I’m a Vegan Omnivore; What Kind of Omnivore Are You?October 11, 2011
Today I’m here to talk about something I’ve been thinking about for a while, and hopefully introduce a new vegan slogan in the process. As you’ll see, my discussion will end up touching on many aspects of vegan ideology and identity, but it starts from this simple though perpetually vexed question, which you have perhaps asked yourself before as well:
Most of the names commonly tossed around are inadequate in various ways: “Carnivore”, for instance, is strictly speaking inaccurate, since non-vegans eat (at least some) plants as well. “Meat-eater”, on the other hand, (in the sense of ‘someone who (also) eats meat’) is more accurate, but usually comes off sounding hostile, as does “carnist”, Melanie Joy’s suggested neologism. Because of this, the most common moniker you hear for non-vegans is “omnivore”—but as I want to argue today, we shouldn’t accept this description, either.
First, a sociological point: When we frame the debate as vegans on one side and omnivores on the other, this can make it look like omnivores are easygoing folk who will eat anything whereas vegans are unaccommodating picky eaters. But of course, vegans are not “picky eaters”. Picky eaters are people who won’t eat certain foods but for completely arbitrary or idiosyncratic reasons—because something smells funny, because it’s not the right color, because the name reminds them of something else. Vegans, on the other hand, abstain from certain foods for principled reasons—be they ethical, environmental, economic, or whatever else. Veganism is not simply an explanation of what one does eat, but more centrally an expression of what one should eat and why. Because of these values, vegans do sometimes need to make special requests or exceptions at meals; yet this is just us being discriminate, not unaccommodating. We need to do what we can to change this misperception.
This leads me to my second, semantic point, and my main reason for opposing the ‘omnivore’ label for non-vegans: In its principal biological use, “omnivore” is a species term—a description we apply to animal species, not to animal individuals. The panda is not a herbivore because it just happens to love.bamboo; it is a herbivore because it can only eat plants. Analogously, humans don’t stop being omnivores when they cut out meat from their diets—an omnivore is a creature who merely can eat both plants and animals, not necessarily one who does. In this way, vegans are just as much omnivores as any other human: we can eat whatever we want; we just choose not to. And in fact (as will be familiar to any reader of Michael Pollan’s Omnivore’s Dilemma), this decision of “what should I eat?” is one we all as omnivores are faced with. As creatures who can eat nearly everything nature has to offer, all humans are called on and compelled to make choices about what we will and will not eat.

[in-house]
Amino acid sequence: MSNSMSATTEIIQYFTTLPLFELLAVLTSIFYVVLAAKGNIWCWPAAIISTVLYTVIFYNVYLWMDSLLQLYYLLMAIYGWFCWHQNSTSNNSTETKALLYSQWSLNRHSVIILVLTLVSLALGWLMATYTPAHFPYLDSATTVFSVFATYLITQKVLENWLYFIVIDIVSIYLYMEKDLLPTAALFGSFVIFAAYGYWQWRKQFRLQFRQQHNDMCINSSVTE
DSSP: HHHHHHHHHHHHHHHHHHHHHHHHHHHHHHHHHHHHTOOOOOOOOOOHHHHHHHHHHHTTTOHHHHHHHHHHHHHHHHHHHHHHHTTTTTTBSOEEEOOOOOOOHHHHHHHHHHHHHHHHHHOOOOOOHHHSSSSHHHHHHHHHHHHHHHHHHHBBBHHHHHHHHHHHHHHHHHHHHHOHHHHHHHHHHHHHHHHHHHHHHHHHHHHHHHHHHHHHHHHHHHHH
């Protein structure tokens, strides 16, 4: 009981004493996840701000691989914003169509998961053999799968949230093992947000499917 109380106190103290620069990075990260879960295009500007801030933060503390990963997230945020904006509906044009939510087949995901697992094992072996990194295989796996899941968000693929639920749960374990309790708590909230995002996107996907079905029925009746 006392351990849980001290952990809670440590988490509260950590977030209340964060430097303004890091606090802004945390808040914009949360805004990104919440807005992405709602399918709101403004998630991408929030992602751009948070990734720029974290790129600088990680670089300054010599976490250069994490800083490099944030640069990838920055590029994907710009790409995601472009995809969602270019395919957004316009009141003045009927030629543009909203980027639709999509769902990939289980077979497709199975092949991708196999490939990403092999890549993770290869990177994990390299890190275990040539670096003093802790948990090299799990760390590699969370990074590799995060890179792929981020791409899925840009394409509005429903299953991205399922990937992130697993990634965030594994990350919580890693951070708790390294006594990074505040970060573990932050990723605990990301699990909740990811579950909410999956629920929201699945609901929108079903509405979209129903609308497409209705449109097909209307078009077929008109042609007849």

This is why I believe vegans should embrace the omnivore label, and not let non-vegans keep it for themselves. “Omnivorism” is not in itself a dietary description; it describes merely the dietary freedom that makes meaningful dietary choices possible. Omnivores can be vegans, vegetarians, pescatarians, choicetarians, flexitarians, locavores, or countless other sorts of eaters. These are all perfectly legitimate ways to respond to the freedom of choice omnivorism offers us. What is not legitimate is to treat such dietary freedom as a license to be indiscriminate in what we eat. As omnivores, it is our lot to be presented with an overabundance of possible food options; as humans, it is our duty to choose among these options in a meaningful way.
So to return to the question with which I started: What, then, do you call a non-vegan? Given all I’ve said, I believe that that’s exactly what one should call them—”non-vegans”—because until you know more specifically about what anyone does and does not eat and why, there is no label to describe their diet. To have a dietary description, one must deserve a dietary description—that is, to be making conscious and principled dietary decisions.
An unreflective diet is no longer acceptable; there is simply too much at stake not to reflect on what we eat. Vegans recognize this demand for critical reflection and have responded in one particilar way, but I believe there are plenty of other conscionable dietary positions. As much as I’d love to live in a much more vegan world, what I most desire right now is for everyone else simply to care about food in the way I do: to recognize that food choices matter, that what we eat affects so much more than our stomachs, and that our diets are indeed sites of meaningful ethical expression.
In short, I believe that everyone should be giving more thought to what they eat. A key element in promoting this sort of critical reflection is by emphasizing that there is no “default” dietary position, that we are all obliged to decide what we will and will not eat. And we vegans can do our part in encouraging this paradigm shift simply by stating with pride: “I’m a vegan omnivore—What kind of omnivore are you?” Spread the word.
Until we eat again,